I am a terrible athlete; you would never want to rely on me in a foot race. I am well trained in networking though. I was raised by two natural sales people and worked as a “staffing specialist” i.e. corporate recruiter for years. I learned a long time ago that “I am not as important as what I can do for you.” I love to connect people with other people, then stand back. That is why I agreed to participate in the Pass The Baton blog hop.
I was tagged by the talented J M Filipowicz. Learn what she is working on these days here.
J M Filipowicz lives in a quiet condo on the surface of the moon, with a beautiful view of the cosmos through her geodesic dome. She spends her time imagining new worlds and writing stories by Earthlight. When she has to come down to Earth, she resides in Burlington, Ontario, Canada with her husband, two children and her dog, Worf. Her first novel, Wardroids, pits female military droids against the men who enslaved them, while Commander Black and his fix-it chick Emily struggle with their feelings for each other. This entertaining twist on the classic sci fi genre is told in three distinct first person view points. Available now from Double Dragon Publishing.
So here are my answers to the usual questions:
What am I working on? – I know I have been prattling on about my forthcoming book, How To Climb The Eiffel Tower, non-stop lately, but I have also been making steady progress on my next book. The working title is The House largely because an abandoned mansion is one of the main characters. It is the story of Gem Hast, a woman in her late forties, who discovers upon her father’s death that she is an heiress and has inherited a mansion in Massachusetts. As Gem slowly renovates the house, she discovers things about the lives of her mother, her aunt, her grandmother, and the first Mrs. Hast.
This novel is a bit of a departure for me. It is my first foray into historical fiction. It is also the first time I am playing with multiple first person points of view, as well as parallel story lines taking place in different time periods. Unlike my first two novels, a friendship is not the primary relationship in the novel. Gem’s relationship with her self-image is first and foremost, with a romance coming in later on.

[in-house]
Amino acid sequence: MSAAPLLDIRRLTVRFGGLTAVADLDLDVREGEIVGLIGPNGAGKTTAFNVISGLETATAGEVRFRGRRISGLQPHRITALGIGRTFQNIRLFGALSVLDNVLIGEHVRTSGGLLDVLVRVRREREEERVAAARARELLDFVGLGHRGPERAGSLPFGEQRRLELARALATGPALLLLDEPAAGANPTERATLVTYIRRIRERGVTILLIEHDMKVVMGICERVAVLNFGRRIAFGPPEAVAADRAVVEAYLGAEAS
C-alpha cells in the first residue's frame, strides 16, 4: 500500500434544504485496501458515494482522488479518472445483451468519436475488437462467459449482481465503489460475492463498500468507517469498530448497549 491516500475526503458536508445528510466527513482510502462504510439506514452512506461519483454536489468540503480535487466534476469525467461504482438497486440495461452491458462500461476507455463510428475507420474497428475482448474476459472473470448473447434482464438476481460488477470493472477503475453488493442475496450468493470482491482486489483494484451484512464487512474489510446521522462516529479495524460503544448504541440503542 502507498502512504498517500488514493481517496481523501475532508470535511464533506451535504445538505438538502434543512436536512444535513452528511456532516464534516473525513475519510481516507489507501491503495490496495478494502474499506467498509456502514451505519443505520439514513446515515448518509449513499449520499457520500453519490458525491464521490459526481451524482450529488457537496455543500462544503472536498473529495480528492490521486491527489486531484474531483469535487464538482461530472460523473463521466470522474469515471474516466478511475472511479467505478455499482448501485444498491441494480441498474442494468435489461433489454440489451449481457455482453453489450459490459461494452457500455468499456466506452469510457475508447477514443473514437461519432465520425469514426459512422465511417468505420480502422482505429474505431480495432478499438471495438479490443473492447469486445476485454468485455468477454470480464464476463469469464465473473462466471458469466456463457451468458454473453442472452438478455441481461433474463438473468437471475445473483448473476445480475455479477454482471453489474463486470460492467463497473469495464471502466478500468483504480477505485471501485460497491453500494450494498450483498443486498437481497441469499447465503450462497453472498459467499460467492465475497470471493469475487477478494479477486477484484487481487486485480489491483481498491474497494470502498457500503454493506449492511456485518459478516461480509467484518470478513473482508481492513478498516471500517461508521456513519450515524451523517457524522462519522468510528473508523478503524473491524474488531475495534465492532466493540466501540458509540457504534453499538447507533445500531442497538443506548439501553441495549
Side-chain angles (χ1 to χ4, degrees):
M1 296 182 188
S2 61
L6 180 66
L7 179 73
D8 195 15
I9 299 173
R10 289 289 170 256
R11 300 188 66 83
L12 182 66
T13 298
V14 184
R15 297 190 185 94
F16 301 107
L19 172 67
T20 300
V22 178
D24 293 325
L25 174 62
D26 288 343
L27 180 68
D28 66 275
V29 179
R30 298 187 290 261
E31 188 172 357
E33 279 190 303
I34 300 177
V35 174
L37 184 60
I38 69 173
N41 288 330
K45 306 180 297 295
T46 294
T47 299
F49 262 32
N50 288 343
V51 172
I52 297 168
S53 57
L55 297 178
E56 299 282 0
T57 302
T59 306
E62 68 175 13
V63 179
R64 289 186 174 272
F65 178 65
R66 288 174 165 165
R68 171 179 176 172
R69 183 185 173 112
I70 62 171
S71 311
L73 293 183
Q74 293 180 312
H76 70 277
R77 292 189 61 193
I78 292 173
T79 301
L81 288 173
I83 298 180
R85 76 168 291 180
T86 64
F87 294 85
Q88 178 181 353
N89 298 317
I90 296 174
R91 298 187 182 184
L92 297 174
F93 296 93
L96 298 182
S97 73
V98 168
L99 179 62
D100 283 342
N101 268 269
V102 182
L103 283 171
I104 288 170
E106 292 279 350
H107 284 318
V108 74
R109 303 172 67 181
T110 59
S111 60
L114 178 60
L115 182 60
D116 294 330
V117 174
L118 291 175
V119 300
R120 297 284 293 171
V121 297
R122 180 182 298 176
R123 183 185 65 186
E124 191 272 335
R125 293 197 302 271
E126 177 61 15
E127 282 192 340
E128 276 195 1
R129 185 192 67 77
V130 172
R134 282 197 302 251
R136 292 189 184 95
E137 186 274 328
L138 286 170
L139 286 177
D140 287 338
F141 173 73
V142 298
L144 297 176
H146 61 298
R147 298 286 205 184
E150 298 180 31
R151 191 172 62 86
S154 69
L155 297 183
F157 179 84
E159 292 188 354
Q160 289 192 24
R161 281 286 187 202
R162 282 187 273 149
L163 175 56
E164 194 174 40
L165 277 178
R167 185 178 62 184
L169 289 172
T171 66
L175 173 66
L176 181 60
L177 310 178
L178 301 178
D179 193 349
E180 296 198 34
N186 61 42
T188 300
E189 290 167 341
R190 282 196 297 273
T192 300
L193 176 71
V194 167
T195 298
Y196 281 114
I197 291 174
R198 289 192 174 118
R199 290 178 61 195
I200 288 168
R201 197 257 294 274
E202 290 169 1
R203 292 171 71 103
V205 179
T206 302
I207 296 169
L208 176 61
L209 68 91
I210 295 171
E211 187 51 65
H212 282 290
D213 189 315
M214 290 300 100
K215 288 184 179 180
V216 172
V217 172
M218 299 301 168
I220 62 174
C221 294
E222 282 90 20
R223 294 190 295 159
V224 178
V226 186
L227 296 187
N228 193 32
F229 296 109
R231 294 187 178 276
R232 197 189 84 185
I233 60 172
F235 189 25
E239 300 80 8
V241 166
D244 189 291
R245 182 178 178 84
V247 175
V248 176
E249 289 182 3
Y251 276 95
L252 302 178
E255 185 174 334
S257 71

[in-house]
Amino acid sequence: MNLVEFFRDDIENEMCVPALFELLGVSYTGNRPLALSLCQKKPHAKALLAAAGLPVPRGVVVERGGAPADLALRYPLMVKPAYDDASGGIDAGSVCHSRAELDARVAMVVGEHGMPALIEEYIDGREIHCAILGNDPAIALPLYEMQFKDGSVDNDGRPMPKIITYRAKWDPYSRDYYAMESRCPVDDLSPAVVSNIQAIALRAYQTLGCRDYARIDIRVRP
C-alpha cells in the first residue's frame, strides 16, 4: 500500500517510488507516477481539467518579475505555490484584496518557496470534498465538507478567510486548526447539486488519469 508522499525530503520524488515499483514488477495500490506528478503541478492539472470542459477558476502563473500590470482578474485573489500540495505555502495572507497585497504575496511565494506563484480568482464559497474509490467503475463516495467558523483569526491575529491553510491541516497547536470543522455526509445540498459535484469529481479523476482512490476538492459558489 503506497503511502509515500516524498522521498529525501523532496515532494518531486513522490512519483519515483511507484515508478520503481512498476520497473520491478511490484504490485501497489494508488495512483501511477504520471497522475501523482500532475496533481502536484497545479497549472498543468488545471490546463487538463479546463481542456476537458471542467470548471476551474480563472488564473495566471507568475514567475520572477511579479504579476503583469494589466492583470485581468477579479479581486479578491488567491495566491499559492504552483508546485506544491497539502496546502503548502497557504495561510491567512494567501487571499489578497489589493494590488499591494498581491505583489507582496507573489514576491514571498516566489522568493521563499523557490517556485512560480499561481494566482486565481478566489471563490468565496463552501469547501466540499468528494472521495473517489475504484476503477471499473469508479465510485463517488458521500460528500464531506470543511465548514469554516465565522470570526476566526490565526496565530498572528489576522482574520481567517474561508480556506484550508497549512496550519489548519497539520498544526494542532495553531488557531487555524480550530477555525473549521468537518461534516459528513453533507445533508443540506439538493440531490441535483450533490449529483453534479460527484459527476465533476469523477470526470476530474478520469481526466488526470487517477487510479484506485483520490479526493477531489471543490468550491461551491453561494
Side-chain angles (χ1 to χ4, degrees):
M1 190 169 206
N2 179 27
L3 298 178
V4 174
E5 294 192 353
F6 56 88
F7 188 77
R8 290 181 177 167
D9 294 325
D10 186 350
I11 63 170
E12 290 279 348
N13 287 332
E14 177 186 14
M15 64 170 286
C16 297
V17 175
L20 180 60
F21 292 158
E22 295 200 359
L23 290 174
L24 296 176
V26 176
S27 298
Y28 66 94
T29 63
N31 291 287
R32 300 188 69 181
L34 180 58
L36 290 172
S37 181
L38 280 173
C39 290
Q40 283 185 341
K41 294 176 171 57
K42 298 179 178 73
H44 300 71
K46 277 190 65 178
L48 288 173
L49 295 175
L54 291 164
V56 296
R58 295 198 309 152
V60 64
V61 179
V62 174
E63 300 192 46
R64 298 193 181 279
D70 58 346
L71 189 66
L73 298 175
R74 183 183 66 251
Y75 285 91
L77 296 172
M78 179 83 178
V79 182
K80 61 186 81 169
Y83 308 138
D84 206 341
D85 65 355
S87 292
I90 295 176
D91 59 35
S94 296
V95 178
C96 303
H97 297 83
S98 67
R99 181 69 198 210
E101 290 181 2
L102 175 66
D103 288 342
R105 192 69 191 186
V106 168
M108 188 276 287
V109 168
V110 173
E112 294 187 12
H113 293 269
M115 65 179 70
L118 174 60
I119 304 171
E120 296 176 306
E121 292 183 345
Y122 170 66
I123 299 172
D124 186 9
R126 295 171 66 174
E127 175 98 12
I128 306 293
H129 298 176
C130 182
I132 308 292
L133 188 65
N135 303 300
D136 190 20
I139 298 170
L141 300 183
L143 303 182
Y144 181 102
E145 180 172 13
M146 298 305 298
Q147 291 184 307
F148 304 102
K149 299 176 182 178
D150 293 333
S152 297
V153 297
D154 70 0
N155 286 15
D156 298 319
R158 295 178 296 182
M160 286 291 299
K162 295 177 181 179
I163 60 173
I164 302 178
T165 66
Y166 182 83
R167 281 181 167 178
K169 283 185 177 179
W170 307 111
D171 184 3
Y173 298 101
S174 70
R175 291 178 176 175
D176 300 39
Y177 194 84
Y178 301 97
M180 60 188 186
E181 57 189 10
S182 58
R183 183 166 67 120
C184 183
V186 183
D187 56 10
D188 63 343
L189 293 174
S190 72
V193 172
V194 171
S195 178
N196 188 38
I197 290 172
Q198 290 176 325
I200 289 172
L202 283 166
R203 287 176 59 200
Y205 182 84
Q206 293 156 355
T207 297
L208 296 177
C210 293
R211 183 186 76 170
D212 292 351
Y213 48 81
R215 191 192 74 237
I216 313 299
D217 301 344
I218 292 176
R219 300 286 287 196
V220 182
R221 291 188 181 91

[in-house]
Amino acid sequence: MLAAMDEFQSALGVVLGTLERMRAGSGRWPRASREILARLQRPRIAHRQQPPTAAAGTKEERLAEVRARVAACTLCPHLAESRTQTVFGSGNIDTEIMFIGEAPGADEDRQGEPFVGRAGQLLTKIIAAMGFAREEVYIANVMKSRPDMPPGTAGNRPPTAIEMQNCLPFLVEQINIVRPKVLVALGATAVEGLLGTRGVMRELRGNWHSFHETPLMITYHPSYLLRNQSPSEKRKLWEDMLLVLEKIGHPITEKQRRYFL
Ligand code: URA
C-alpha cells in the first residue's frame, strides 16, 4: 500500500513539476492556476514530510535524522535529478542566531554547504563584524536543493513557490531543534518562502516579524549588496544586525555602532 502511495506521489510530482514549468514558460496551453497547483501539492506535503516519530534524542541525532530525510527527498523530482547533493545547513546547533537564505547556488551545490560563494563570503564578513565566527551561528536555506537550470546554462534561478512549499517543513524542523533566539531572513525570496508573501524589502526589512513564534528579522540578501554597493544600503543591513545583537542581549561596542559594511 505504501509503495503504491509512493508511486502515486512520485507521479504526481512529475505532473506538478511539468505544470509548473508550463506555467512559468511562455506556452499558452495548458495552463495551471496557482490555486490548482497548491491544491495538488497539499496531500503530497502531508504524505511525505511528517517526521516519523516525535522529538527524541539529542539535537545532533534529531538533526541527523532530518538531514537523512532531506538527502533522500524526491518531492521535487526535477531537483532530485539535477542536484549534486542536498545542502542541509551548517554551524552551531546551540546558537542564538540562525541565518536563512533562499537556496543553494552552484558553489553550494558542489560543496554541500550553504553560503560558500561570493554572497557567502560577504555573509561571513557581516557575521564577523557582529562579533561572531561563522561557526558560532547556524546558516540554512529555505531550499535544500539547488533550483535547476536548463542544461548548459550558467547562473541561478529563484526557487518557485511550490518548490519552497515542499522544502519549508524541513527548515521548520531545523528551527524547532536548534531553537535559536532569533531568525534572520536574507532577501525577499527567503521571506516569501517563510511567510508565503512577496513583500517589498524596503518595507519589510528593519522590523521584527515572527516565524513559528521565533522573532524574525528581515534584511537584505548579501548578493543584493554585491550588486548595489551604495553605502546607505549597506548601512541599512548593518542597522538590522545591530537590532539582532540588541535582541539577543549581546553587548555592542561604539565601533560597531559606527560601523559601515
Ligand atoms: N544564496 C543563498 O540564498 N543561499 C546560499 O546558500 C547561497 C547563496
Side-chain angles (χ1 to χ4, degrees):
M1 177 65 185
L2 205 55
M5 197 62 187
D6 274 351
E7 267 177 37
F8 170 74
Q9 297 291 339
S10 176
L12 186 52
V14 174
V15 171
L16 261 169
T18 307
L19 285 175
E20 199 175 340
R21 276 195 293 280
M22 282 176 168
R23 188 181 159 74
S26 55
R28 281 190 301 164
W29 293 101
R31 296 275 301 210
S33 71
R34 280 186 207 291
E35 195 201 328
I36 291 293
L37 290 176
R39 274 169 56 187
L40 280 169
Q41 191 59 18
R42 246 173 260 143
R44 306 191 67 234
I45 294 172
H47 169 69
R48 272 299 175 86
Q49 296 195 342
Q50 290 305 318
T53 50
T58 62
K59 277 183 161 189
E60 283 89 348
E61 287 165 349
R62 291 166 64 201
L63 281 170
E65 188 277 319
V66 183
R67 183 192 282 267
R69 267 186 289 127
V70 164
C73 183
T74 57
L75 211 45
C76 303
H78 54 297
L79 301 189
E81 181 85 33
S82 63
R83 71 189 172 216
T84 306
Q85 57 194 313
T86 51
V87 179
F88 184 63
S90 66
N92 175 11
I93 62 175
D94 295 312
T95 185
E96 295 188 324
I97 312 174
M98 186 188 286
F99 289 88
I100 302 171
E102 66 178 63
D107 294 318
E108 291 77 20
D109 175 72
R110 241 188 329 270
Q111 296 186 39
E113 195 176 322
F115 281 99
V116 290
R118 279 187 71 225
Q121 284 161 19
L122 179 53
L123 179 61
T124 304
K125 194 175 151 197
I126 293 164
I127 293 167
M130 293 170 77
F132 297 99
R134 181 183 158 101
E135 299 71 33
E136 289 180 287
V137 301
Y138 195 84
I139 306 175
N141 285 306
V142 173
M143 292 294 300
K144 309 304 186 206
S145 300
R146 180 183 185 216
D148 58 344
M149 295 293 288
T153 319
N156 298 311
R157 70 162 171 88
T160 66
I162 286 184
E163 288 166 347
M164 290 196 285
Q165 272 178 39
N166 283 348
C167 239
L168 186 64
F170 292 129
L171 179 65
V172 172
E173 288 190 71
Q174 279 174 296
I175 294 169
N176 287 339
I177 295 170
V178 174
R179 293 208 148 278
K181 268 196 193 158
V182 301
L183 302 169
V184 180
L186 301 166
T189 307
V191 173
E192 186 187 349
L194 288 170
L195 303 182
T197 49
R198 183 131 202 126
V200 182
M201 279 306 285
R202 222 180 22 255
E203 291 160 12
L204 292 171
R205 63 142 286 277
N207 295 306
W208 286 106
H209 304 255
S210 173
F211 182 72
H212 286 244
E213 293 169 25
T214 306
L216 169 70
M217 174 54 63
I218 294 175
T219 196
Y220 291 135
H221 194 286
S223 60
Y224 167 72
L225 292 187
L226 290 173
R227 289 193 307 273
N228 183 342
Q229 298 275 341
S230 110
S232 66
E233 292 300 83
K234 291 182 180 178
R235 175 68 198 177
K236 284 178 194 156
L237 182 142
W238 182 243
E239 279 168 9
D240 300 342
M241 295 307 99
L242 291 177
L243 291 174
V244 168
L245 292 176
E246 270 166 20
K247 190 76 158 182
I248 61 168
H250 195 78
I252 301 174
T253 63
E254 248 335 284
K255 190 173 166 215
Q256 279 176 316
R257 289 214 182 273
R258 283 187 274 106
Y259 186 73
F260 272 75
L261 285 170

How does my work differ from others in this genre? – This project differs from many other examples of women’s fiction in that the main character is not young and naive. Gem is 47 years old, has a law degree, and has experienced enough disappointment in life to make her suspicious of people’s motives. Also, the romance is not a typical romance. The character of Billy is significantly younger than Gem, not traditionally handsome, and has unresolved issues of his own. Another way I hope this novel is unique is the way I employ the lives of the deceased Hast women to echo the events in Gem’s life.
Why do I write what I write? – I write about seemingly average women going through extraordinary times. I am drawn to the difficult subjects – infidelity, cancer, abuse, betrayal – and try to make them accessible on a human level.
How does your writing process work? – I am getting more and more organized with each new project. I write in Scrivener and use Aeon Timeline to keep track of my story lines. The two programs sync with each other so I can move an event in Aeon, and it will move in Scrivener – very cool.